“Protect the edge of the waterfront, yes, but be against everything—that’s not right either,” he said.
In fact, the Treasure Island plan, which calls for 8,000 homes, has been halted for three years due to a California Environmental Quality Act lawsuit filed by citizens and environmental groups. He hopes it will be resolved in the next year.
Wilson Meany develops mixed-use, residential, retail and office properties and the firm specializes in complex, large-scale master planned developments. It aims to create projects that are sustainable and innovative.
“It’s much better to thoughtfully plan out new areas and develop them than wedging in too big of a building in an already established neighborhood,” Meany said.
On the retail front, he favors keeping traditional San Francisco retail blocks, such as Union Street or Fillmore Street, rather than the movement he sees to haphazardly add retail to encourage pedestrian traffic. “I think that is a mistake,” he said, “it’s going to take the energy away from the corridors. We can’t have every street in the city be a retail street.”
Looking ahead, Meany expects there will be more infilling along transportation corridors for office space. Also, because people are working and living in smaller spaces, amenities are becoming more central to projects.
At its downtown office building at 140 New Montgomery, for example, there is a garden where people can take breaks, he said. At Bay Meadows, there will be housing, offices, retail, parks, a private high school and a Caltrain stop.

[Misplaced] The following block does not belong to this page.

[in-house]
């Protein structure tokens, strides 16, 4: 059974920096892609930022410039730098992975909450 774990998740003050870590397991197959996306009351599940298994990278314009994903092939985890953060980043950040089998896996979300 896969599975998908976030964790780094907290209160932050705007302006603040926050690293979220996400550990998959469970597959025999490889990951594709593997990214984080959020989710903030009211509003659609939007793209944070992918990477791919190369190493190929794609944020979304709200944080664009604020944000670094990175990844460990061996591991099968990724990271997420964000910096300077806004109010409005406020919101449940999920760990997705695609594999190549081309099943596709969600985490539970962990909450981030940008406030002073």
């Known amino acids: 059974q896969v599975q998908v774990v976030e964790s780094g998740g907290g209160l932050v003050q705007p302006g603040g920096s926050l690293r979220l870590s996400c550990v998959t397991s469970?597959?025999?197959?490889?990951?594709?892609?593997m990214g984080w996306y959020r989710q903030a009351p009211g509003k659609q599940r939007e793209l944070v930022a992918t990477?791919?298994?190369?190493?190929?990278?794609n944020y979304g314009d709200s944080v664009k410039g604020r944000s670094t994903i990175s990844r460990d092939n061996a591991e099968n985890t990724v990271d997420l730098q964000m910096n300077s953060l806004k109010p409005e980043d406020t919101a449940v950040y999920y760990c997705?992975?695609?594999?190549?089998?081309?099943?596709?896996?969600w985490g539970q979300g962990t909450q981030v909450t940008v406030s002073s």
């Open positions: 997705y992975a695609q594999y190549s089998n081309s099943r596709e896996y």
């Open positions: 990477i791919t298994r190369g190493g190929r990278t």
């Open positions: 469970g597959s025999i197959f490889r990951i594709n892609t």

“We see tenants on the office side driving up the density of their use, putting more people onto a given floor. The residential version of that is that as prices have gone up, the average person is buying a little smaller house than they might have once upon a time, because the price per foot is higher.
“Instead of saying, ‘Oh that’s an economic reality, how do we shoehorn more people into the space?’ I think there’s a real exciting challenge: how do we make the new ways of living and officing better because we amenitize it differently?”
Other Wilson Meany projects include the restoration of the city’s landmark Flood Building in Union Square; Parkside Towers, an office-retail project in Foster City; and retail property Broadway Pointe in Walnut Creek.
Meany will receive the City of Hope Spirit of Life during an award dinner at the Marriott Marquis in San Francisco on Tuesday, April 29.
Duarte, Calf.-based City of Hope is a biomedical research, treatment and education center for cancer, diabetes and other life-threatening diseases.
Meany said that the area’s real estate industry has supported City of Hope for decades, and he recently had the “amazing and humbling experience” of touring the facility and meeting some researchers.
The Northern California Real Estate and Construction Council, which includes developers, contractors, engineers and architects, began in 1986 and has raised more than $4.5 million for the City of Hope. Past Spirit of Life honorees include Craig Allison of Plant Construction Company, LLP; Michael Covarrubias of TMG Partners; and Rick Holliday of Holliday Development.
Photo by Chad Ziemendorf